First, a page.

World football is an ever-evolving game, and with the turning of the calendar from 2013 to 2014, a few tactical trends will begin to gain momentum.
In the past few years, we have seen the success of a three-man defense by Juventus and the 4-2-3-1 become a popular formation, but what will the trademark of 2014 be?
Continue reading for five tactical trends that could take flight in the new year.
The first tactical trend open for examination here has a working title of "The Wayne Rooney."
In recent matches for Manchester United, Rooney has been positioned further back in the midfield to help create more chances for the Red Devils attack.
By dropping back into the attacking midfield trio of the 4-2-3-1 employed by David Moyes, Rooney has seen a spike in production with nine goals and eight assists in the role, per WhoScored.
Usually, the central attacking player in the midfield trio is a creative midfielder, but with Rooney having success in this role, do not be surprised if other prolific goalscorers attempt this in the near future.
The tactical phenomenon known as the "tiki-taka" style of play has taken the world by storm over the past decade due to the overwhelming success of Spain and Barcelona.
But as was mentioned earlier, football is an evolving game and managers must adjust to a newer, better style of play if need be.
Vicente del Bosque's Spain definitely have the personnel to still run an effective tiki-taka system, but whether or not it can still win them another World Cup remains to be seen.
Barcelona have some of the same personnel that Spain possess, but with the likes of Xavi and Andres Iniesta aging a bit, it may be time for both sides to bring in a more pacy style of play that will benefit them in the long run.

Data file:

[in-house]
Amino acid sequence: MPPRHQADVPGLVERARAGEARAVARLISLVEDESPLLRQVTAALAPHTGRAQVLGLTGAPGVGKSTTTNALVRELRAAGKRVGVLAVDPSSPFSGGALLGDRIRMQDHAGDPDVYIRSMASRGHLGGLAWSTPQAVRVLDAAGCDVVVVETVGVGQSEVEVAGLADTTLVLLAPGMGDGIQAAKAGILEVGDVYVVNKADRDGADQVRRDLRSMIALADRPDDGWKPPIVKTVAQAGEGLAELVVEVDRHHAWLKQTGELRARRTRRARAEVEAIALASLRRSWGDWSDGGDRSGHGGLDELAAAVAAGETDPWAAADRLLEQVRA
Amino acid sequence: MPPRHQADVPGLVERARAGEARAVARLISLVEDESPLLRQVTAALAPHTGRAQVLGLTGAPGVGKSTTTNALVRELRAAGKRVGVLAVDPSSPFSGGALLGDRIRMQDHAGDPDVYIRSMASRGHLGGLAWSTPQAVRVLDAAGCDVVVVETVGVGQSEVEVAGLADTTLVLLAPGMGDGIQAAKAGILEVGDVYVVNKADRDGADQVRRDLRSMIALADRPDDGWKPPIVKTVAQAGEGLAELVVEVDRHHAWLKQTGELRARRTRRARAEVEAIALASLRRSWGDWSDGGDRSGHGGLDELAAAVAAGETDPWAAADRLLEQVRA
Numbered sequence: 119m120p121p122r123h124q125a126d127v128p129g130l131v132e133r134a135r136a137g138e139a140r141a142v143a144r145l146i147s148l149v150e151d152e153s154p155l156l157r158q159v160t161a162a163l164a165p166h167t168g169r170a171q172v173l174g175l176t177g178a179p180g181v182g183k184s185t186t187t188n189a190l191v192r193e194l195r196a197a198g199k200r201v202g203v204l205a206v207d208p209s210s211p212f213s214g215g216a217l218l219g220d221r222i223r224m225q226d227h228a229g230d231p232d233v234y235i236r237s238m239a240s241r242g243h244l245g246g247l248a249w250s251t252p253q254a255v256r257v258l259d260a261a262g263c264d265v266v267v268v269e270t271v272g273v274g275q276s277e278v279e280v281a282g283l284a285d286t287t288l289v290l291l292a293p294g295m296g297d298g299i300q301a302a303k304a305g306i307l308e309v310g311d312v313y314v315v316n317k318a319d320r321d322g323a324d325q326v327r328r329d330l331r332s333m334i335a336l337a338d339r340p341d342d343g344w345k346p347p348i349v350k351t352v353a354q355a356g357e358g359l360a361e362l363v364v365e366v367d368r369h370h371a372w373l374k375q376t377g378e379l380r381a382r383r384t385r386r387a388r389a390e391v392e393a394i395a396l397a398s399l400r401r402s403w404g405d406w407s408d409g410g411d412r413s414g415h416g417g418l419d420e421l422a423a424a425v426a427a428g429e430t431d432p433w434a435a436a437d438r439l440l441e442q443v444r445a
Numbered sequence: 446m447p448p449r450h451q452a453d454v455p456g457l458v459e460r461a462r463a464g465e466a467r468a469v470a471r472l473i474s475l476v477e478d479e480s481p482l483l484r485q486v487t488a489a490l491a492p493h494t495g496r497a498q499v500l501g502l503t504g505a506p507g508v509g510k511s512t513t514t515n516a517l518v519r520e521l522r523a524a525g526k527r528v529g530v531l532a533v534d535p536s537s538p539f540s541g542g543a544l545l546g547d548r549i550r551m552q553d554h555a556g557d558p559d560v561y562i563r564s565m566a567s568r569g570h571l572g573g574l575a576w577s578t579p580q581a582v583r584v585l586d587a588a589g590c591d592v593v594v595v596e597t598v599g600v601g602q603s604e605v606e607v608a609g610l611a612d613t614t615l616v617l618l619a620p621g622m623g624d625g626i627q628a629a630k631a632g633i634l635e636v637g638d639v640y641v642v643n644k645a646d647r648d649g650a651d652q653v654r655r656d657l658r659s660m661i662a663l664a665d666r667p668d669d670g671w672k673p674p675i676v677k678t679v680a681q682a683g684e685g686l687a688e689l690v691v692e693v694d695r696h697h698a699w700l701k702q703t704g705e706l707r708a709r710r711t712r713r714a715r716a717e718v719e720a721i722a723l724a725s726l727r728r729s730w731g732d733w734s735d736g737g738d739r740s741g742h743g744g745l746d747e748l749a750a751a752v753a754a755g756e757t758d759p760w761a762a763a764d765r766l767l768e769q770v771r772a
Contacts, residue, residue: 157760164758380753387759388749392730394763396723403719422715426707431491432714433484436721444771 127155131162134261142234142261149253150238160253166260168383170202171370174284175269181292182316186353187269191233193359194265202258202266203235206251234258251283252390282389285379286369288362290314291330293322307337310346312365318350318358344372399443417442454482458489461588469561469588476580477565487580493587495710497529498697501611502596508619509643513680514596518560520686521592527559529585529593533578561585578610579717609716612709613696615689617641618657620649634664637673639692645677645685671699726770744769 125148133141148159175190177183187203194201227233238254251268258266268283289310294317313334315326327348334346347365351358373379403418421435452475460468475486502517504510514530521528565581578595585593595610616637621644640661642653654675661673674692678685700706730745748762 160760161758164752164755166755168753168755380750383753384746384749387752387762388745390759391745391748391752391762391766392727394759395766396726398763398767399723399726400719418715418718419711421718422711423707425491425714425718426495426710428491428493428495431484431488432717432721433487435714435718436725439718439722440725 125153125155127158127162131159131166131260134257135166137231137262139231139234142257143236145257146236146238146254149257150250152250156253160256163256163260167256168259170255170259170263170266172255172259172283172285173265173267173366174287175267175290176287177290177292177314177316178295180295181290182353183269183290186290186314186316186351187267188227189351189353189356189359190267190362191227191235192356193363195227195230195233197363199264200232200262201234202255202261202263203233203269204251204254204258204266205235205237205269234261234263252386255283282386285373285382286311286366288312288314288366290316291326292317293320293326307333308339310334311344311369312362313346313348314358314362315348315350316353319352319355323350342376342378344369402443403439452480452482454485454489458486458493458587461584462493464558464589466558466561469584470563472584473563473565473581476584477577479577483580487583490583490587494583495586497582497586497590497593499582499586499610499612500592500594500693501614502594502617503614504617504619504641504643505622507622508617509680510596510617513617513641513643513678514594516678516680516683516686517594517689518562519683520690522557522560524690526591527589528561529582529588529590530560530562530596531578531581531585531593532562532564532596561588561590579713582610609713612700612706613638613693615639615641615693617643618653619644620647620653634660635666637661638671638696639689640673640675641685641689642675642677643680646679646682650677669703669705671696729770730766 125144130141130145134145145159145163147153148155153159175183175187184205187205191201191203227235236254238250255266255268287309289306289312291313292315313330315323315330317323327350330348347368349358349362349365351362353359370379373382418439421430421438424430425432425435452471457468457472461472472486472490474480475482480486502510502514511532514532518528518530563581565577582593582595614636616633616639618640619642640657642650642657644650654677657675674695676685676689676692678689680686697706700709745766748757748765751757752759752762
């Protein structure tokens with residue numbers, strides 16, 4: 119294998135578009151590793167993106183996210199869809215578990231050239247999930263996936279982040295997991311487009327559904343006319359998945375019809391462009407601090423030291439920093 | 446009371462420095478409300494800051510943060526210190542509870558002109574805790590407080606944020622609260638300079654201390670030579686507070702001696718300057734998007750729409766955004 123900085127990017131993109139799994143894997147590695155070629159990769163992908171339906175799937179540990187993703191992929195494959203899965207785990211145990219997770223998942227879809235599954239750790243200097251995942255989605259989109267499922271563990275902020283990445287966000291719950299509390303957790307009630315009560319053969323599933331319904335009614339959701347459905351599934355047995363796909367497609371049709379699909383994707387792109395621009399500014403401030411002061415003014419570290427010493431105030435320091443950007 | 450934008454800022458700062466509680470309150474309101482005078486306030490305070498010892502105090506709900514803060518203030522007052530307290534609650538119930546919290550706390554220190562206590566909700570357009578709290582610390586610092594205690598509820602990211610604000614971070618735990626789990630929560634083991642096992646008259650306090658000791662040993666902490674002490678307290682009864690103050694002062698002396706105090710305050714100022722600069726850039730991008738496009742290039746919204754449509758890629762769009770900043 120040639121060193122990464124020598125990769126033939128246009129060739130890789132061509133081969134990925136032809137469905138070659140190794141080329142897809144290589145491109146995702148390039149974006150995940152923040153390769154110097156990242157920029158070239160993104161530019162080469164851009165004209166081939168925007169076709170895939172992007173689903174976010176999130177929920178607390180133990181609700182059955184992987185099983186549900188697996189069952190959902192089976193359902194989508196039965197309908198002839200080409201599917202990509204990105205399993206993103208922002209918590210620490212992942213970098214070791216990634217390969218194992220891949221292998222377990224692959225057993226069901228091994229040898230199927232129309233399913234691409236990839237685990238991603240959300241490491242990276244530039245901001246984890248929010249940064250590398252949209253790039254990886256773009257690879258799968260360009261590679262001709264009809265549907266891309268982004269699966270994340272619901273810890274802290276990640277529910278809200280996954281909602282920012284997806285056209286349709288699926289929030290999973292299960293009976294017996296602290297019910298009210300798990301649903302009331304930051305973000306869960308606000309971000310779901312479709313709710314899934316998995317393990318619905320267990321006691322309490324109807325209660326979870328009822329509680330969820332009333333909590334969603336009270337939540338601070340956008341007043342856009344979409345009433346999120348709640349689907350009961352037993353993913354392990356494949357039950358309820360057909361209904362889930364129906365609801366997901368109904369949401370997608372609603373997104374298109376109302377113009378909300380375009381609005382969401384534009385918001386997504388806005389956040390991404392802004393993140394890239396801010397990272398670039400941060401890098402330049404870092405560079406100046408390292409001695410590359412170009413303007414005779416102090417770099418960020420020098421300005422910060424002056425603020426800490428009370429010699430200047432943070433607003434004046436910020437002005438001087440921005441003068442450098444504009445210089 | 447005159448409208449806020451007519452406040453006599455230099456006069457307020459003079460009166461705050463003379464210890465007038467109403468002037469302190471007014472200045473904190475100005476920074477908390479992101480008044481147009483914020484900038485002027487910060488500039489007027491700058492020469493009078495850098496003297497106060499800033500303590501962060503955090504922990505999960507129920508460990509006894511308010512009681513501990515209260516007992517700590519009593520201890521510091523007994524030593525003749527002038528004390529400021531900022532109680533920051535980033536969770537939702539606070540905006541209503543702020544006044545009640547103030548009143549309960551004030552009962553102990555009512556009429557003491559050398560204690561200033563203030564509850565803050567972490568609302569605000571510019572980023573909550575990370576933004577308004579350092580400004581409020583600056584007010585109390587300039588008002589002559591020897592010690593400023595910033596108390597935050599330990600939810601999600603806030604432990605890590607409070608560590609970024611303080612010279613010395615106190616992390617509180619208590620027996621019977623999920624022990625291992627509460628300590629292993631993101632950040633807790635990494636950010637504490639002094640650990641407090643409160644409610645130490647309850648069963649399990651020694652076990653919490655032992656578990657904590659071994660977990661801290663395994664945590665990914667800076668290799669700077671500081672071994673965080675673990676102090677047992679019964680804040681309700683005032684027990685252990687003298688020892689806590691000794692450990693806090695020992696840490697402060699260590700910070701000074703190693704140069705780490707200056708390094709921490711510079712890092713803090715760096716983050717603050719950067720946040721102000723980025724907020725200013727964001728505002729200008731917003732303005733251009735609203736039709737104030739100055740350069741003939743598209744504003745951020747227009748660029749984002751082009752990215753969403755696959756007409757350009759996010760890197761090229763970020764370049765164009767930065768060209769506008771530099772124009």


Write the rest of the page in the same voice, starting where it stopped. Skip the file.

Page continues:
Luckily for both sides, they have plenty of depth and talent to adjust to a new system on the fly if need be.
World football's equivalent of basketball's full-court press is still a work in progress that has not been seen much.
The United States had plenty of success with this strategy generated by manager Jurgen Klinsmann, and it would not hurt teams at the club level to utilize it as well.
The most effective use of the press by Klinsmann's side in 2013 came in a friendly against Germany in June that will be remembered for a howler committed by German keeper Marc-Andre ter Stegen.
Granted the pressure did come against the German "B" side, but it was still used in an efficient manner by the Americans.
One factor that must be taken into account with this tactic is that it requires players to be in tip-top shape, which is something that Klinsmann preaches in his national team camps.
One of the most intriguing lineup selection processes this season has come from Stamford Bridge as Jose Mourinho continues to mold his Chelsea team to his liking.
Just like in his first reign at Chelsea, the Portuguese manager is not afraid to have his team sit back and defend and then score a late winner on the counter-attack.
For example, in the Blues' recent clash with Arsenal, Mourinho's men defended well and nullified the threat of the Gunners for most of the match as the two sides played to a goalless draw.
Tactics like that in the big games during the English Premier League stretch run will help crown Chelsea as champions once again under "The Special One."
As the 4-2-3-1 continues its tactical takeover, the players who fit into the system become more adept in their roles and can do more things on the pitch.
That is exactly what is going on at the defensive midfield position, especially at Manchester City with Fernandinho and Yaya Toure.
The defensive partnership of the 4-2-3-1 is usually tasked with being the backbone of team and setting up the attack with passes, not surging forward and scoring goals.
However, with Toure, and now, Fernandinho, City have been able to make their lineup more flexible and turn those two players into playmakers in different formations like the 4-3-3.
Another player who has turned into a goalscoring specialist this season in England has been Arsenal's Aaron Ramsey, who has scored nine goals from the defensive midfield position.
With players like Ramsey, Toure and Fernandinho having success in this role, do not be surprised if other managers across the globe figure this out too and more so-called defensive players turn into strong attackers because of their versatility.
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